Using SOC Reports for Cloud Security and Privacy

Using SOC Reports for Cloud Security and Privacy

Blog Article Published: 02/10/2020

By Ashwin Chaudhary, Chief Executive Officer, Accedere Inc

Data security and privacy are increasingly challenging in today’s cloud-based environments. Many organizations are storing a significant amount of data in distributed and hybrid cloud and even unmanaged environments, increasing challenges for regulatory compliance. Meanwhile, privacy mandates such as GDPR recommend data anonymization, which can be another form of encryption. Without a proper data governance program; however, organizations may face difficulties in meeting these privacy compliance mandates.

Providing independent third-party assurance such as a System and Organization Controls (SOC) 2 report helps address these concerns and helps cloud service providers (CSPs) stay ahead of the competition. This assurance also helps organizations mitigate data security and privacy risk.

Recently I authored a report on SOC Reports for Cloud Security and Privacy that was published by ISACA. In this article, I’ll be giving an overview and summarizing several of the topics discussed in the report, including:

  • Cloud Assurance for CSPs
  • Privacy Compliance for Cloud
  • Controls for User Organizations

Cloud Assurance for CSPs

There are several approaches CSPs can leverage to provide assurance to their customers. Below I explain how each resource can be used to provide customers with confidence in using their CSP’s services.

Cloud STAR Certification Roadmap

CSA7, in collaboration with the American Institute of CPAs (AICPA), developed a third-party assessment program of CSPs called the CSA Security Trust Assurance and Risk (STAR) Attestation. The STAR program provides multiple benefits, including indications of best practices and validation of the security posture of cloud offerings.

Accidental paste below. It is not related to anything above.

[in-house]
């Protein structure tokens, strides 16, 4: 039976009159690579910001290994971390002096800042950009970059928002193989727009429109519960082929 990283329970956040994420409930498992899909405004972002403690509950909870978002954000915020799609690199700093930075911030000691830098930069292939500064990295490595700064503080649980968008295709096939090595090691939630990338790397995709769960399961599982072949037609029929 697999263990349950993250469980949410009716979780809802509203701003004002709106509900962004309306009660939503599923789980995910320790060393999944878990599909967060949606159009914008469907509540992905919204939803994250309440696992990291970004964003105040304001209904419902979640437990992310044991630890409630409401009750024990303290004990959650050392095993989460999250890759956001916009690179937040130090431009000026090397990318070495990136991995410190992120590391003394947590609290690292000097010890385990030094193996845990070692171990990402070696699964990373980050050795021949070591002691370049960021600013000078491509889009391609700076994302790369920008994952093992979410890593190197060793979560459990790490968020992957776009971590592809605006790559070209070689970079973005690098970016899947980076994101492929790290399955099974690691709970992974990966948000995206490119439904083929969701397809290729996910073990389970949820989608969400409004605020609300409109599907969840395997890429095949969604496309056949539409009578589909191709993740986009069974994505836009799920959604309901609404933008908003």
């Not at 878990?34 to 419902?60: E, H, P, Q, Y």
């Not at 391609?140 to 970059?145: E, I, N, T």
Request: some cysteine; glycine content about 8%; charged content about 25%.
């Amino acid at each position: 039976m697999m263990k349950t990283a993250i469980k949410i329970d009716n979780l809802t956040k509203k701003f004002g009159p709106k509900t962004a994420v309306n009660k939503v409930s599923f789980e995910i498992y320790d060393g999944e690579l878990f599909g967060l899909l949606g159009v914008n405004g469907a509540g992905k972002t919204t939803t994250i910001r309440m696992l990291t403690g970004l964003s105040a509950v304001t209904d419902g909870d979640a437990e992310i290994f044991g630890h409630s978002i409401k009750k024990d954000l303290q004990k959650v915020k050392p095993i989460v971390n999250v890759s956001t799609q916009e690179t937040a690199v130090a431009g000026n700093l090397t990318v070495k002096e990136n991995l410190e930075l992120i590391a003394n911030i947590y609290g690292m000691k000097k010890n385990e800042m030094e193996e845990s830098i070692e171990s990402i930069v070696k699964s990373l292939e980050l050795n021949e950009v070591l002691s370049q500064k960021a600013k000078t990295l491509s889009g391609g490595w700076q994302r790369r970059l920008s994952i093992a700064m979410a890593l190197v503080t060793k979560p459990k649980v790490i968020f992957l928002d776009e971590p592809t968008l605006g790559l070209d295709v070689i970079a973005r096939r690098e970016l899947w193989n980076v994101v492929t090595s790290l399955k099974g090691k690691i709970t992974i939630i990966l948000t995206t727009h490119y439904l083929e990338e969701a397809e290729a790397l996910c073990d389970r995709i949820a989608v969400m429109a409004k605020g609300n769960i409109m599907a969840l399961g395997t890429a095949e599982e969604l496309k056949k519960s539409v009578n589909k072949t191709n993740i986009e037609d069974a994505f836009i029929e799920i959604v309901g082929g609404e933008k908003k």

SOC 2 for Cloud CSA STAR Attestation

The SOC 2+ Framework allows a SOC 2 to report on any additional controls over and above the trust services criteria controls for security, availability, confidentiality, processing integrity and privacy. Taking advantage of this framework, STAR Attestation provides a framework for Certified Public Accountants performing independent assessments of CSPs using SOC 2 engagements with the CSA’s Cloud Controls Matrix (CCM).

Cloud Controls Matrix (CCM)

The CCM is the only meta-framework of cloud-specific security controls, mapped to leading standards, best practices and regulations. CCM provides organizations with the needed structure, detail, and clarity relating to information security tailored to cloud computing. CCM is currently considered a de-facto standard for cloud security assurance and compliance.

Level 2 CSA STAR Attestation

The STAR Attestation is positioned as a third party certification at Level 2 of the Open Certification Framework. The STAR Attestation is a rigorous third-party independent assessment of the security of a cloud service provider (figure 2 and is based on type I or types II SOC attestations supplemented by the criteria in the CCM.

Figure 2—STAR Certification Framework 1

This assessment:

  • Is based on a mature attestation standard
  • Allows for the immediate adoption of the CCM and the flexibility to update the criteria as additional criteria and technology and market requirements change
  • Does not require the use of any criteria that were not designed for or readily accepted by the CSP
  • Provides for robust reporting on the service provider’s description of its system and on the service provider’s controls, including a description of the service auditor’s tests of controls in a format very similar to the current SSAE 18 reporting, thereby facilitating market acceptance 2
  • Is a mature attest standard (it serves as the standard for SOC 2 and SOC 3 reporting)
  • Provides for robust reporting on the service provider’s description of its system and on the service provider’s controls, including a description of the service auditor’s tests of controls in a format very similar to the current SSAE 18 reporting, thereby facilitating market acceptance
  • Provides evaluation over a period of time rather than a point in time